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Migration Yorkshire, a local authority-led migration partnership, commissioned ICM Unlimited to carry out a representative poll among 2,000 Yorkshire and Humber residents to understand local attitudes towards migration and its impacts. This is a sample size and robustness rarely seen among a regional audience in publicly available polling and marks the first time a poll has been specifically commissioned to explore the views of people in Yorkshire and Humber on migration and integration.

The full results were written up by Migration Yorkshire and can be found here. Migration Yorkshire also produced a think piece, which pulled out the top four messages from the research: What do Yorkshire folk think about migration?

Media coverage

The findings of the research were covered by the Yorkshire Post:

Yorkshire people “feel more positive than negative about migration into UK”‘, Yorkshire Post

The results were also covered by the Yorkshire Post‘s sister publication, the Yorkshire Evening Post.


  • Around half of adults in Yorkshire and Humber think that migration has had a positive impact on Britain (49% giving a score of 6-10 out of 10), with three in ten thinking that it has had a negative impact (30% scoring 0-4) and two in ten giving a “neutral” score of 5 (20%). 2% say that they “don’t know”
  • When it comes to the impact of migration on their local community, a smaller proportion of Yorkshire and Humber residents say that it has had a positive impact (34% scoring 6-10). This is mainly due to more people being “neutral” about the local impact of migration (31% scoring 5) and more people saying that they “don’t know” (9%). The proportion of adults who say migration has had a negative impact on their local community stands at just under three in ten (27% scoring 0-4) – similar to the proportion who say that the national impact of migration has been negative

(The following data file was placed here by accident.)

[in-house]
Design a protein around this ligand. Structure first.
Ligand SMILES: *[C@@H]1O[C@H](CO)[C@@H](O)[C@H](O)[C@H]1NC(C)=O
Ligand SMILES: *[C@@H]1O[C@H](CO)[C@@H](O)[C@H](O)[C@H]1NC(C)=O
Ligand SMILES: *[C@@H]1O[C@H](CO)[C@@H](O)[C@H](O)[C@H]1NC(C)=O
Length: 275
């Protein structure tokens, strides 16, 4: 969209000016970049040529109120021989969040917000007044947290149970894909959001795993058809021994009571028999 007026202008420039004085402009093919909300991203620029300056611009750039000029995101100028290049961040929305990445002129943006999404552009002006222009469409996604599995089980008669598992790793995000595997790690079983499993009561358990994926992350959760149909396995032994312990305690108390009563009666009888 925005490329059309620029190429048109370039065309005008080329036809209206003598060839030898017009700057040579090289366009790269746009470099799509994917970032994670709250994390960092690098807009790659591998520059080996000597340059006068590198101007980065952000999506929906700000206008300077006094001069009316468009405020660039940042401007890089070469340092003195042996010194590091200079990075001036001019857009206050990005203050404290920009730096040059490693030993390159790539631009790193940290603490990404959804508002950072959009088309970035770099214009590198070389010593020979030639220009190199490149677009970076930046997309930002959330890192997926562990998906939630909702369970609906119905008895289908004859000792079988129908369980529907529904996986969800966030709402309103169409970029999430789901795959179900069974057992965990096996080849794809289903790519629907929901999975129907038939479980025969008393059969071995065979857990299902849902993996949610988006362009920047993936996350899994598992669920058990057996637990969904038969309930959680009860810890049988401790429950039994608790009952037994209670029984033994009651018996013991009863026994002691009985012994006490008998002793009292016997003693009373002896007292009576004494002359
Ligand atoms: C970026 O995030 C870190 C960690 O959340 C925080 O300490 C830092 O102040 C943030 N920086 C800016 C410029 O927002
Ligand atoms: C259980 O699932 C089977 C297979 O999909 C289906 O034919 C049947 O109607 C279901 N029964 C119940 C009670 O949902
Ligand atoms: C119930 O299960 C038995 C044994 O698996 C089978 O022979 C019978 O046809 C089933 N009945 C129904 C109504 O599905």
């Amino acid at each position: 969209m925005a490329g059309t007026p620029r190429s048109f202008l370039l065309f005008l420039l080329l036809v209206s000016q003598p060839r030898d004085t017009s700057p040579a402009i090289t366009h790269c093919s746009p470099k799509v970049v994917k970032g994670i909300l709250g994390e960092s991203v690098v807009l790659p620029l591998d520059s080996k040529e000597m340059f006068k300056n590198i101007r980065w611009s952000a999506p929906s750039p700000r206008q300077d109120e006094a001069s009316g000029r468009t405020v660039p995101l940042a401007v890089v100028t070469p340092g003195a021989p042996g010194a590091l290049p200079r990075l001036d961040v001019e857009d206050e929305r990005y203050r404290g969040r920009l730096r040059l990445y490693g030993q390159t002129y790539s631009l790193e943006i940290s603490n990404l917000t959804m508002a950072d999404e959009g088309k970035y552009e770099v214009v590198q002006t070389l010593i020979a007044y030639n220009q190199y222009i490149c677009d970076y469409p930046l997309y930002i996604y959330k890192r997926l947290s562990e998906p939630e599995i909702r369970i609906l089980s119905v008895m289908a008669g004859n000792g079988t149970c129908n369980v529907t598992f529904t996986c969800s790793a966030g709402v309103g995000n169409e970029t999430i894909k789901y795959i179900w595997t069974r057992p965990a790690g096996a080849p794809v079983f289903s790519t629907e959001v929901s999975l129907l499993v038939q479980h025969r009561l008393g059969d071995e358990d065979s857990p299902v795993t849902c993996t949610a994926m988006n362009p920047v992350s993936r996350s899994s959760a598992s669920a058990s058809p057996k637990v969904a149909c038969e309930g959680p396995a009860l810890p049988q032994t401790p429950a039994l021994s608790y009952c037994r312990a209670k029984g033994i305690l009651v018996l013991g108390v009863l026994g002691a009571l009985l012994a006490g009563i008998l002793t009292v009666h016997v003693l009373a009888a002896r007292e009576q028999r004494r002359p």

• There is a fine balance between the proportion of Yorkshire and Humber residents who think that migrants are integrated in their local community and those who think they are not. Four in ten say that migrants in their local community are well integrated (41%), while a similar proportion say that they are not integrated (38%)
  • When asked how welcoming they think their local community is to new migrants, over half of adults living in Yorkshire and Humber say that their local community is welcoming (54%), with a quarter saying that their community is not welcoming (25%). Half of adults also say that they would feel a personal responsibility to make a migrant feel welcome if they moved onto their street (50%). Four in ten don’t think that they would feel a responsibility to welcome a new migrant (39%)


Tables and methodology

The data tables can be found here: ICM – Migration Yorkshire – Yorkshire Day Immigration Poll – Data Tables

The poll was commissioned by Migration Yorkshire and carried out by ICM Unlimited. ICM interviewed a representative sample of 2,049 adults aged 18+ who live in Yorkshire and Humber via an online survey between 21 and 24 July 2020. The results have been weighted and are representative of all adults aged 18+ living in the region.

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